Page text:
Cold storage warehousing and distribution is expected to grow into a $324 billion market by 2030, according to Acumen Research and Consulting. That’s up from $114.6 billion in 2021. This remarkable growth has been powered by the COVID-19 pandemic, which forced more people to rely on e-commerce deliveries of fresh food.
A June 2022 report from CBRE revealed a 58% year-over-year increase in online sales of refrigerated and frozen foods as of October 2021. In addition, the same report shows that e-commerce’s share of total U.S. grocery sales is expected to reach 21.5% by 2025 — up from 13% in 2021. The report also notes that there were 3.3 million square feet of speculative cold storage development underway in the U.S., up from only 300,000 square feet in 2019.
Investor interest has soared as well. CBRE noted that nearly 40% of respondents to its 2022 U.S. Investors Intention Survey are pursuing cold storage assets this year, up from 22% in 2021 and 7% in 2019.
Modern cold storage facilities have unique design features and must overcome specific challenges. Factors such as building height, utility demand, foundation requirements and rail access differ significantly from those seen in standard warehousing and distribution centers. Understanding these factors and evaluating them early in the due-diligence process may help development teams quickly identify sites and assess the feasibility of projects.
Cold storage buildings can range in height from 80 to 150 feet to accommodate automated storage and retrieval systems. That’s much taller than standard distribution centers, which are generally around 30 to 40 feet tall. Unless the proposed project is a smaller-scale microfulfillment center — typically 15,000 to 50,000 square feet — this requirement could be a deal-breaker when it comes to municipal approvals.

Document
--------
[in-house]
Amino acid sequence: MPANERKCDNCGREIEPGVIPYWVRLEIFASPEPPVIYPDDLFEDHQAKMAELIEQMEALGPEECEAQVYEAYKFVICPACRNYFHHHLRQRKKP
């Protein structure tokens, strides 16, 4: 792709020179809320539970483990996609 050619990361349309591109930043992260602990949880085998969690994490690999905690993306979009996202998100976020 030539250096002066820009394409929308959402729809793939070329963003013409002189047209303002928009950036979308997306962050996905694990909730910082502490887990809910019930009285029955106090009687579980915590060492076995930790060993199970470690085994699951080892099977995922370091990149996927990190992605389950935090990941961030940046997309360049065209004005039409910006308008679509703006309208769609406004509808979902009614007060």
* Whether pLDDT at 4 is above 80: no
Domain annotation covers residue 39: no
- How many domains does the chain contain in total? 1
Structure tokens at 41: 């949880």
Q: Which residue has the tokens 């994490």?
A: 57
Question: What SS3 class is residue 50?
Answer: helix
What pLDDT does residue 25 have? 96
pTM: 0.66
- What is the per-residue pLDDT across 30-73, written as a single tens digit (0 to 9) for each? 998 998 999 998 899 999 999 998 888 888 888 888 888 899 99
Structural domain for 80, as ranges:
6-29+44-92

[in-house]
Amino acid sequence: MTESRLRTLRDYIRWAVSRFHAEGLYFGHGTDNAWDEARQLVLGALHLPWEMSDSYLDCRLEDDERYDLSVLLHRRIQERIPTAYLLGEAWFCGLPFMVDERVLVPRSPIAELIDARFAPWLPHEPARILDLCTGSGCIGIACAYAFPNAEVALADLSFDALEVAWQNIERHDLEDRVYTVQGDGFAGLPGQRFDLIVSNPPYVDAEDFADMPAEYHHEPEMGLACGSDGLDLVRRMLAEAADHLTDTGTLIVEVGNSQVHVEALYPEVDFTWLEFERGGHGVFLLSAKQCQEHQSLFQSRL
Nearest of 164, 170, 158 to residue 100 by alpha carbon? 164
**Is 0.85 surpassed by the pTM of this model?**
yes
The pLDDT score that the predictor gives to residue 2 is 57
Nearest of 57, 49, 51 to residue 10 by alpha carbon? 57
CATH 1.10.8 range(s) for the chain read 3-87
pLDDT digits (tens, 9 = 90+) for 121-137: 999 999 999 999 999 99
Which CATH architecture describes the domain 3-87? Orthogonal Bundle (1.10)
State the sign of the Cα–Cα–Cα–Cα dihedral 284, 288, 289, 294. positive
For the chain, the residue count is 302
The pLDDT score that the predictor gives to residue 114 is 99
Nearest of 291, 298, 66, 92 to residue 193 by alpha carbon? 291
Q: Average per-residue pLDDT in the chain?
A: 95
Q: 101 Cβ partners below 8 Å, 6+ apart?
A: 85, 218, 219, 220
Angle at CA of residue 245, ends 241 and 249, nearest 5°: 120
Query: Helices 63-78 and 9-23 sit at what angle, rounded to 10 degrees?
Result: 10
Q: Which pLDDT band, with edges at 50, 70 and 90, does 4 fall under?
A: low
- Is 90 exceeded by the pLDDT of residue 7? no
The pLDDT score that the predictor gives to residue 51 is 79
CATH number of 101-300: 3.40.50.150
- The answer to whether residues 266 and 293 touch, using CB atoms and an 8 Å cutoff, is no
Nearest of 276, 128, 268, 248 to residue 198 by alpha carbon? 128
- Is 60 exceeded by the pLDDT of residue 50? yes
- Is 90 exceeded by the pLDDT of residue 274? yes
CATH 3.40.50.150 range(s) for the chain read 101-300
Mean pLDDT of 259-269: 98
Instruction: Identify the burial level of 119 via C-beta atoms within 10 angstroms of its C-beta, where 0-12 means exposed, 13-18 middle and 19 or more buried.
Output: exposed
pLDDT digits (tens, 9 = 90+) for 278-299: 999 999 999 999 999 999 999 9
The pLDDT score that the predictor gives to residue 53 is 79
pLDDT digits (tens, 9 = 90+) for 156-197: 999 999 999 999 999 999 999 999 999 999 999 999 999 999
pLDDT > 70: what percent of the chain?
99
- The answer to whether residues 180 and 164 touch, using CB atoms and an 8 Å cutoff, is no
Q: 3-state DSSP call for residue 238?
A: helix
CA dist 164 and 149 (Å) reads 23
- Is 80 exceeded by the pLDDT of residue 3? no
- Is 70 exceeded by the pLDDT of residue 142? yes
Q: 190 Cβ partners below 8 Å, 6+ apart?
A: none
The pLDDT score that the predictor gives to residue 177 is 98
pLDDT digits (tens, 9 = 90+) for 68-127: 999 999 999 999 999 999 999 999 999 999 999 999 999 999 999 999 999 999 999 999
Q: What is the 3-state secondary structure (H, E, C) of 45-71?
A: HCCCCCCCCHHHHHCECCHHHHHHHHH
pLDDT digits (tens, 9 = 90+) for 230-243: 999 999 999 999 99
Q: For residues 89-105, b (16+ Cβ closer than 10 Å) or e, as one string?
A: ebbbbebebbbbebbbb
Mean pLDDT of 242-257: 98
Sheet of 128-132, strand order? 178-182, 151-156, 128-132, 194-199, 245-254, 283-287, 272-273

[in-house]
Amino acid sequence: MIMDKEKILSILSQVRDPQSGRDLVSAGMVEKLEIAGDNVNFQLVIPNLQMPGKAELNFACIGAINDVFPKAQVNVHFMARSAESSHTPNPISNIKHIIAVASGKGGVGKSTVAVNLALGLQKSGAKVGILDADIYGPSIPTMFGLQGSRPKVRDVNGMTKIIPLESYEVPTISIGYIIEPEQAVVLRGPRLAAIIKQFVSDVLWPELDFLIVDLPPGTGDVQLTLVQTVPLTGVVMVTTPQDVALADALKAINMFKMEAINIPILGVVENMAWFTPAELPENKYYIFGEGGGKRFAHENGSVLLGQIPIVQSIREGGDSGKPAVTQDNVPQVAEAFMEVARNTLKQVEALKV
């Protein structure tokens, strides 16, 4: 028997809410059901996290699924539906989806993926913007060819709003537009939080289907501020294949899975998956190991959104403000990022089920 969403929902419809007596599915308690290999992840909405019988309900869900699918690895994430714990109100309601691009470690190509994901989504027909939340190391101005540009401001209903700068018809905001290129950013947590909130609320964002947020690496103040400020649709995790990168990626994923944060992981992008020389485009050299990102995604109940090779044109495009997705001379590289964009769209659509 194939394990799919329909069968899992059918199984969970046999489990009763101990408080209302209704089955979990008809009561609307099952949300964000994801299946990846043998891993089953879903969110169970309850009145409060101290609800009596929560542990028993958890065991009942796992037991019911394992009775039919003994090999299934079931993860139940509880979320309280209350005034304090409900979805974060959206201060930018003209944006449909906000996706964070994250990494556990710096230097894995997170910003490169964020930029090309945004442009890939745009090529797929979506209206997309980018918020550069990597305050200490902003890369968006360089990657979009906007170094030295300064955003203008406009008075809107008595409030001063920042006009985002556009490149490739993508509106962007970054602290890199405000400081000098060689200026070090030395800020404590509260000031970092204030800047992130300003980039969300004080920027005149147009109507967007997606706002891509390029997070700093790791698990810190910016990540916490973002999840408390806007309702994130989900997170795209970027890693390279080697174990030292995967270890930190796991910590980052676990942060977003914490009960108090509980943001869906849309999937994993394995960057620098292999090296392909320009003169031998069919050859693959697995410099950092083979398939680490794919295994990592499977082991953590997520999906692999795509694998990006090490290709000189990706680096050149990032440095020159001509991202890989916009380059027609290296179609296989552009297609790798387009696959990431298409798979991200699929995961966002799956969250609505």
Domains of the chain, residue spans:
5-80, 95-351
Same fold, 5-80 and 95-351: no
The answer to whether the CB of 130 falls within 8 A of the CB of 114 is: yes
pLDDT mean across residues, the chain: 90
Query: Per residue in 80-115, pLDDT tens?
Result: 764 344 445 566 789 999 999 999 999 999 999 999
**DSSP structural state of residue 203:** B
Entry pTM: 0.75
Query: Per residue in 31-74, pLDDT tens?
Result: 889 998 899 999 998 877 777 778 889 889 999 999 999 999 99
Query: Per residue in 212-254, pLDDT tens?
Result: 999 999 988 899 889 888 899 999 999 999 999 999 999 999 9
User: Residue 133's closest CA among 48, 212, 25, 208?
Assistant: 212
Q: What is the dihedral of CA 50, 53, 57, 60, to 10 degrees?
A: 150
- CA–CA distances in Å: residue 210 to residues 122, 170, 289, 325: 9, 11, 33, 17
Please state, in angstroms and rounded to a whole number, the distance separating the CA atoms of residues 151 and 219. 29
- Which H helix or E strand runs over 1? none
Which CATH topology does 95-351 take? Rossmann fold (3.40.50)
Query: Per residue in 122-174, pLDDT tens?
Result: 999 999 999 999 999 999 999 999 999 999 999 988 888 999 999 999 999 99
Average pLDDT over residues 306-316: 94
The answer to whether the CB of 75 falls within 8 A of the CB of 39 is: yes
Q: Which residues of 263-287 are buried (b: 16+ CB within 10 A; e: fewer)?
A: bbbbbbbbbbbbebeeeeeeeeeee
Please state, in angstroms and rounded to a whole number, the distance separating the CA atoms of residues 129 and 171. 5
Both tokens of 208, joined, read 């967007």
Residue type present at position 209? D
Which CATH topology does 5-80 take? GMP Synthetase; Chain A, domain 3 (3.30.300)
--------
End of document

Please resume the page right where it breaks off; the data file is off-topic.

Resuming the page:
During due diligence, assess the surrounding properties within the proposed building’s “line of sight.” The design team can anticipate potential opposition to the project and help the client negotiate a height variance if needed.
Compared to a standard warehouse, water and power demands are significantly higher for cold storage to support the various layers and temperature-controlled chambers within the facility — some dipping below -10 degrees Fahrenheit. Increased water flows are required for the condensers, and power demand can range from 4,000 to 8,000 amps.
The required utility demands may not be available at the proposed site or could require significant upgrades or offsite extensions. During due diligence, evaluate potential cost implications if these services are not already provided or aren’t readily accessible and available.
Cold storage facilities bear a much heavier load than standard warehouse buildings because of taller heights, refrigeration equipment, and automated storage and retrieval systems. Depending on the site’s soil conditions, the building foundation could require costly reinforcements to prevent shifting and maintain the facility’s stability.
Perform a thorough geotechnical investigation as early as possible in the development process. A geotechnical consultant should drill core samples across the entire site to better understand the types of soils that are present.
Many third-party logistics (3PL) providers and refrigerated warehouse tenants are interested in facilities located near rail lines. Receiving products via insulated rail cars and shipping them via trucks remains an effective distribution strategy.
To determine whether a particular site along a rail line is feasible, it’s critical to understand the rail provider’s routes and operations. Allotting time and budget for the design and permitting of a rail spur — the secondary track used to unload railcars without interfering with the main line — is also important. Determine the layout of the rail spur and understand that there could be a potentially lengthy approval process.